I went to UCLA as an undergraduate and majored in studio art. At UCLA, I studied with Sandra Mendelsohn Rubin, Karen Truax, Sam Amato, Jan Stussy, and Peter Shelton. Under their guidance, I learned how to create my own style by studying,
absorbing, and then synthesizing the artworks of those who had created before me into something new.
Later I went to NYU to get my Master’s degree in studio art. At NYU, I studied with Dale McConathy, Angiola Churchill, and Richard Martin in New York. Giovanni Soccol at NYU’s campus in Venice, Italy was also an influential instructor. Dale and Richard were brilliant scholars, writers, and curators who encouraged me to find the written and visual thought behind my artwork. My knowledge base of ideas and concepts grew.
While I was in grad school in New York, my brother Kent and his wife Cathy moved to Japan. As soon as my graduate exhibition finished, I hopped on a plane to Tokyo. We had spent time in Asia as kids with our family and always wanted to get back. My brother lived in Osaka which has a rich art and literary history. Each night a street vendor selling hot roasted sweet potatoes would push his cart through the neighborhood singing out Yakimo! with his haunting voice. Inspired by night scenes like this, I created a series of oil paintings that became part of my first solo exhibition in Japan. Stories like dreams found their way into my paintings then and now. Thanks to Kent and Cathy, a whole new artistic world opened up for me.
My wife MarySue Heilemann is a huge source of inspiration in my life. She is a tenured professor at the UCLA School of Nursing. Our conversations and travels are deep and global in scope. Her work using transmedia interventions to reduce stigma and increase help among Latinas struggling with depression and/or anxiety inspires me greatly. MarySue was a delegate to the United Nations-Commission on the Status of Women in 2018 where she spoke on transmedia and presented her own transmedia intervention project Catalina: Confronting My Emotions. I created a series of paintings inspired by MarySue’s Catalina film shoot and also have created a series inspired by the history of nursing. Many of our interests and connections overlap. One event stands out – I had a solo show of my paintings in Maastricht, The Netherlands in 2010. Schema Therapy has been an important part of MarySue’s work and the experts in the field happened to be at The University of Maastricht at that time. This group of colleagues attended the exhibition and we ended up having a marvelous cross-disciplinary opening night dinner that evening.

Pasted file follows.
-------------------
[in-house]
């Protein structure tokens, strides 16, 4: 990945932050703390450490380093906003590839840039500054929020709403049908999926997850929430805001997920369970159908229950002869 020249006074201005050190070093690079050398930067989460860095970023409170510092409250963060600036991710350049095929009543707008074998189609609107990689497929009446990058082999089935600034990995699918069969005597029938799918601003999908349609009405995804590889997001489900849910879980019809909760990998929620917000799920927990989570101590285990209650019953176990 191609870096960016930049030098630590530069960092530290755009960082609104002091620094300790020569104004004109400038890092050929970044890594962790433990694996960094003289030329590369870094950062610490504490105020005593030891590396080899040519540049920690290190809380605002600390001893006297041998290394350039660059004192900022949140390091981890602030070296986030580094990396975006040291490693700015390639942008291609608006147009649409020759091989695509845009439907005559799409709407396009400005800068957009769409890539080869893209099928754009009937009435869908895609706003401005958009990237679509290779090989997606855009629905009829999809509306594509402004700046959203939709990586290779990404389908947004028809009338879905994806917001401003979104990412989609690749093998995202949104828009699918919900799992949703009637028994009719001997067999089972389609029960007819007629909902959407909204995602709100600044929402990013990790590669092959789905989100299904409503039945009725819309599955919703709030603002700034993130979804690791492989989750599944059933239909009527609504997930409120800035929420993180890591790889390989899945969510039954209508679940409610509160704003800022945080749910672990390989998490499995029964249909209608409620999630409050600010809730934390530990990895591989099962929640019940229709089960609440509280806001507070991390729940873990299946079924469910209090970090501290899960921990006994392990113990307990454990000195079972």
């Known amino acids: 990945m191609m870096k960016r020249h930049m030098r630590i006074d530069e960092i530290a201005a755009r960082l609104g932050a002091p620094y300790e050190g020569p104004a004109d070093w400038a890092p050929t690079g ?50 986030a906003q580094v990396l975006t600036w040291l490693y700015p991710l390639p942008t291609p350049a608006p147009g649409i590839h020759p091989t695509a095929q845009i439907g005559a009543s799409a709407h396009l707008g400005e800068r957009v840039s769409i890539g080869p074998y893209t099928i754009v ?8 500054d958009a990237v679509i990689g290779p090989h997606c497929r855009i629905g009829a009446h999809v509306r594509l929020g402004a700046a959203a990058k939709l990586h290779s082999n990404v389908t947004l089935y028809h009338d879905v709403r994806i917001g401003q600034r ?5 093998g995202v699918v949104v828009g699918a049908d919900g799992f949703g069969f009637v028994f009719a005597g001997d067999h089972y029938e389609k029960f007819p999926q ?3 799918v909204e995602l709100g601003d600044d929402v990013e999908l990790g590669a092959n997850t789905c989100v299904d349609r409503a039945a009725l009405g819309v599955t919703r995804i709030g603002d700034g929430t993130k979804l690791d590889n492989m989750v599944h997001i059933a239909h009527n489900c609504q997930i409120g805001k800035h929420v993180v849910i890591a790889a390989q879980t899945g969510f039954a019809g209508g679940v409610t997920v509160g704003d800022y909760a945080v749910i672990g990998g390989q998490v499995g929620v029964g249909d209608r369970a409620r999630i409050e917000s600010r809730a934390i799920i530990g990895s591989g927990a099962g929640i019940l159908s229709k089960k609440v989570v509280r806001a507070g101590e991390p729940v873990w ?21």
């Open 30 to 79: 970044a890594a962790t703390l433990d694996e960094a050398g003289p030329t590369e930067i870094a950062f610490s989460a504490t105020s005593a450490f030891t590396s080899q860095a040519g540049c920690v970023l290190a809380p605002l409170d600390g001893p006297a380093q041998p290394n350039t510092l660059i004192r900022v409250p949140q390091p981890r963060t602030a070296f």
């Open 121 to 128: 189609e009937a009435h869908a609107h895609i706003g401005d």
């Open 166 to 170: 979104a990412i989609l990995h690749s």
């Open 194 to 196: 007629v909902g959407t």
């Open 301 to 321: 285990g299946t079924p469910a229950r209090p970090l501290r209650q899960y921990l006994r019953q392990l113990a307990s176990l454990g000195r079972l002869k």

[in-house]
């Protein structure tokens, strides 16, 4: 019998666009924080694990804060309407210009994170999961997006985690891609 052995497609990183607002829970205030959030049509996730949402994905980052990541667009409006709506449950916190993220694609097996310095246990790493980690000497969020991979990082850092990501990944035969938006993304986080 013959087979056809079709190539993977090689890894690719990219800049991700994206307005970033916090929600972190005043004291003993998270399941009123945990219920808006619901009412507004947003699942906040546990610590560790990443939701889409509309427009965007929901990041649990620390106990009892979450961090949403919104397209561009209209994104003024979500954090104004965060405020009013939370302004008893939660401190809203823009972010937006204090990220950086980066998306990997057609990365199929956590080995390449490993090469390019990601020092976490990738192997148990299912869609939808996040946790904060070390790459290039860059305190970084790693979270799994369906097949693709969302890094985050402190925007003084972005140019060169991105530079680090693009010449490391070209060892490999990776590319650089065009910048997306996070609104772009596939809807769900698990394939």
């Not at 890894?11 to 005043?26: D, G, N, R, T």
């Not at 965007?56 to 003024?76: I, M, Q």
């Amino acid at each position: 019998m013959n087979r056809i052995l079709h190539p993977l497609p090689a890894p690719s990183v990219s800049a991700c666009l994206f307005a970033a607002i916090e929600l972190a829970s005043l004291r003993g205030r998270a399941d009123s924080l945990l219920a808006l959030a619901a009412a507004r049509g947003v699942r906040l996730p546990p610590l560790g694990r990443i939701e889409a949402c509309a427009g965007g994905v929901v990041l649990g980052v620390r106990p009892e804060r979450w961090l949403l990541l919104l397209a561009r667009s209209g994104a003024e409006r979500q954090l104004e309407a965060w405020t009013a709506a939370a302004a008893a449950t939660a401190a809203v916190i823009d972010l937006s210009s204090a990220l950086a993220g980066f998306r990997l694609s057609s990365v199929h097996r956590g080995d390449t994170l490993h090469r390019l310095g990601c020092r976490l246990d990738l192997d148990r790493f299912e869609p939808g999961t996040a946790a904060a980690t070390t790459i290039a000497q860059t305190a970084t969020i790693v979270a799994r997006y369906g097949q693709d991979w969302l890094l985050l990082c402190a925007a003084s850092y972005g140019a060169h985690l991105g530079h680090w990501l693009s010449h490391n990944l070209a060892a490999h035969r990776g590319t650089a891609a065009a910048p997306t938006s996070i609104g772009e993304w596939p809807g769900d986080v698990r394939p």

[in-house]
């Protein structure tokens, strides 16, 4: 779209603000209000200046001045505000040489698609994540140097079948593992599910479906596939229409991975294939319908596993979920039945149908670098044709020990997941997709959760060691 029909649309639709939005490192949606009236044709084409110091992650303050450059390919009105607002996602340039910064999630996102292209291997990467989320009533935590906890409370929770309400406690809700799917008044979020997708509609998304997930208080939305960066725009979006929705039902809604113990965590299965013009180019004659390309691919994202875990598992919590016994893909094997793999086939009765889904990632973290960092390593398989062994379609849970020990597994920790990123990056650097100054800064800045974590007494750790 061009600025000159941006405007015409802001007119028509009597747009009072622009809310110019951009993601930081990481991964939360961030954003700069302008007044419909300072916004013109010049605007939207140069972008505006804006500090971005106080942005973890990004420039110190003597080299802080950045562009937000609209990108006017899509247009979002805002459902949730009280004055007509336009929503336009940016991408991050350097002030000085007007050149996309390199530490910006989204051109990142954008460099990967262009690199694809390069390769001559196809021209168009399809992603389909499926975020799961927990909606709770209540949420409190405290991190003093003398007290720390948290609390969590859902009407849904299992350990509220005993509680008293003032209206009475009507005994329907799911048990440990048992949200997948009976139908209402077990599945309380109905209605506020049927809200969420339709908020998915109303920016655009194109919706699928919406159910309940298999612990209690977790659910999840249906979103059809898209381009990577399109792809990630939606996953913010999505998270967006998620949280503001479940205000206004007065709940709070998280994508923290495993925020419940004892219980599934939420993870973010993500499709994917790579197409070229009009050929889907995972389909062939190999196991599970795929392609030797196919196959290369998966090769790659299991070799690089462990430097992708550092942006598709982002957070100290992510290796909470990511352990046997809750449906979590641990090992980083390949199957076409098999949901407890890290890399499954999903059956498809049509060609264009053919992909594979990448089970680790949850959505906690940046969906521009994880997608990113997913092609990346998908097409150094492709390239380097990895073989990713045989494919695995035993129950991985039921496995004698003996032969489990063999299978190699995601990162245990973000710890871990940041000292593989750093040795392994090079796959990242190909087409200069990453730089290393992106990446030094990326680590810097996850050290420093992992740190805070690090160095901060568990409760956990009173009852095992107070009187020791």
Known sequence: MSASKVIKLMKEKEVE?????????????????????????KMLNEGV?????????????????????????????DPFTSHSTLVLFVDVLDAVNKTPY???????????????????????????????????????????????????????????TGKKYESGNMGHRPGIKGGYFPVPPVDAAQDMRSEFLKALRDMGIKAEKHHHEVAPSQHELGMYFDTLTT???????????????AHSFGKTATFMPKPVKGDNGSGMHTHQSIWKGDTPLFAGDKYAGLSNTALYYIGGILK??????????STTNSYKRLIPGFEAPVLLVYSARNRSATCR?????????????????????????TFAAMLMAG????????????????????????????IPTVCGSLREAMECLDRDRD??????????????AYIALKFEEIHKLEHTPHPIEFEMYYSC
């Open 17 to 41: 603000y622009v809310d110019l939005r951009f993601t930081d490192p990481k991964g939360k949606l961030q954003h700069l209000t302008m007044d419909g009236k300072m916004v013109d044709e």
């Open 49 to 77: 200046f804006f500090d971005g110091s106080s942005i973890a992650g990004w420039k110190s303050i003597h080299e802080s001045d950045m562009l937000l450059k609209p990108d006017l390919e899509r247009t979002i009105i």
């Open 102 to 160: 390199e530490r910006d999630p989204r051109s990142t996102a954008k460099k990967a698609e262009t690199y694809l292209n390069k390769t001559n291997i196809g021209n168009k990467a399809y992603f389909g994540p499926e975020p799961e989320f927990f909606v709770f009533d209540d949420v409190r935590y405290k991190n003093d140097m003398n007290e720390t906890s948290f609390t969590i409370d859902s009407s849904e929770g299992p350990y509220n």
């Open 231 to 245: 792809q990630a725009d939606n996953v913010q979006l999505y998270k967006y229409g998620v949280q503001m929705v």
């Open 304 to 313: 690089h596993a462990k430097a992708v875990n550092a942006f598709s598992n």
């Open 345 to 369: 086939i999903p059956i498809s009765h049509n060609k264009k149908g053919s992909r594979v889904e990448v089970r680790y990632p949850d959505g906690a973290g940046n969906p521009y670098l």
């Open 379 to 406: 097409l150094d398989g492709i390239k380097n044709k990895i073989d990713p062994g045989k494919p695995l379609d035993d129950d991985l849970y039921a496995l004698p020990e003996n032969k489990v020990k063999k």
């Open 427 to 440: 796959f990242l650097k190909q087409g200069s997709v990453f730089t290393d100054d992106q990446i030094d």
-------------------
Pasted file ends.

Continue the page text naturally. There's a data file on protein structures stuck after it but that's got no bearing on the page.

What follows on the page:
My daughter Cassiel is currently finishing up her last year at UC Berkeley in Media Studies. Over the years, we have had countless conversations about art and inspiration. Now, Cassiel inspires me again with her DeCal class which she co-teaches with other students at UC Berkeley – “Visual Narratives and Storytelling.” In Cassiel’s course students “critically look at media representations and meanings in multiple cultural and identity contexts, observe technical aspects of both the visual and textual, and then apply their learning by producing a final creative project.”
In terms of the business side of the arts, a few mentors and organizations stand out.
I meet monthly with art writer Peter Clothier and his wife Ellie Blankfort in a small group with other artists informally known as Artists’ Matters. We discuss everything and anything that concerns the artist life. The group is instrumental to my artistic practice.
(More on Peter Clothier at https://peterclothier.com/about/biographies/ )
In 2017 and 2018 I was a fellow in the Clark Hulings Fund Business Accelerator Program which provides free tools for artists to maximize their business potential. As Clark Hulings Fund Director Elizabeth Hulings often reminds us, “Artists deserve every opportunity to earn a living from their work. To do this, business expertise is just as vital as creativity and artistic technique.”
(More on CHF at: https://www.laweekly.com/clark-hulings-fund-offers-free-online- career-building-fellowship-for-artists/)
I currently am a resident artist at the 18th Street Arts Airport Campus in Santa Monica, California. The 18th Street Arts Center is a leading arts program in the US. It was conceived as a radical think tank in the form of an artist community. 18th Street supports artists like myself, to imagine, research, and develop significant, meaningful new artworks and share them with the public. As an 18th Street Arts Center artist, I am honored to have been involved in experiences and partnerships that foster positive social change.
I give deep thanks to all who have been with me on this path!
Article Photo – Kavich Reynolds Productions Subsequent Photos of Gregg Chadwick – MarySue Heilemann